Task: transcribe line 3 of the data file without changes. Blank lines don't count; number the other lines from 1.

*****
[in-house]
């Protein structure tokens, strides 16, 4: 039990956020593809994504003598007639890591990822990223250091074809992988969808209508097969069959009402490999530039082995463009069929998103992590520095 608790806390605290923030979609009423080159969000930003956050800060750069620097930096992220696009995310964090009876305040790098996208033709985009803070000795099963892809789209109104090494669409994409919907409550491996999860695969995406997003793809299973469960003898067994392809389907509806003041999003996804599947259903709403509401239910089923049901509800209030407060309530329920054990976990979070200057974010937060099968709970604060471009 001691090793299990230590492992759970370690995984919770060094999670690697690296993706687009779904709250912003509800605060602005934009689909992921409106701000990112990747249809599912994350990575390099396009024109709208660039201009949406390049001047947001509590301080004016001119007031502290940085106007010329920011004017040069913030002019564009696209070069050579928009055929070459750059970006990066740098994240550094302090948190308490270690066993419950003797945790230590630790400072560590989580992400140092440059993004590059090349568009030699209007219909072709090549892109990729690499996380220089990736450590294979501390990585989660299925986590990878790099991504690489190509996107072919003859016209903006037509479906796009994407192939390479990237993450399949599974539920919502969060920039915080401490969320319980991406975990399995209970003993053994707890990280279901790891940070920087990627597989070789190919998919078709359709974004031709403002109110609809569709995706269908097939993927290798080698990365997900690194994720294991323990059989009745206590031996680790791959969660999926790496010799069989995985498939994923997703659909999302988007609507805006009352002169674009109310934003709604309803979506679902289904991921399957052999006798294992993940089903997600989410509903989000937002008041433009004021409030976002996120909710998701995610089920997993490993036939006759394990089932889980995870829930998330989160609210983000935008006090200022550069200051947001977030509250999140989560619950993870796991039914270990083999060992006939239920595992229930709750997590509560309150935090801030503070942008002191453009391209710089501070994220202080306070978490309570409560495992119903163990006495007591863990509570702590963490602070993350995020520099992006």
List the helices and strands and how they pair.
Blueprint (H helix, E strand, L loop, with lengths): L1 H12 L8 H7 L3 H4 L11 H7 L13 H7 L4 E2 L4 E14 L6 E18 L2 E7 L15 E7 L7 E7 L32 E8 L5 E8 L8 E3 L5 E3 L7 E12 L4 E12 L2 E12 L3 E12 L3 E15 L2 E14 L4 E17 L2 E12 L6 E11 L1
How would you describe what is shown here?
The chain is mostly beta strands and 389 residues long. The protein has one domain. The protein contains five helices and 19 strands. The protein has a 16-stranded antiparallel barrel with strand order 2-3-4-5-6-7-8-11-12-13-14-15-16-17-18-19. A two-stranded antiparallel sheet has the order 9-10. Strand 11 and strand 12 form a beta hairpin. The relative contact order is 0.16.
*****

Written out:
List the helices and strands and how they pair.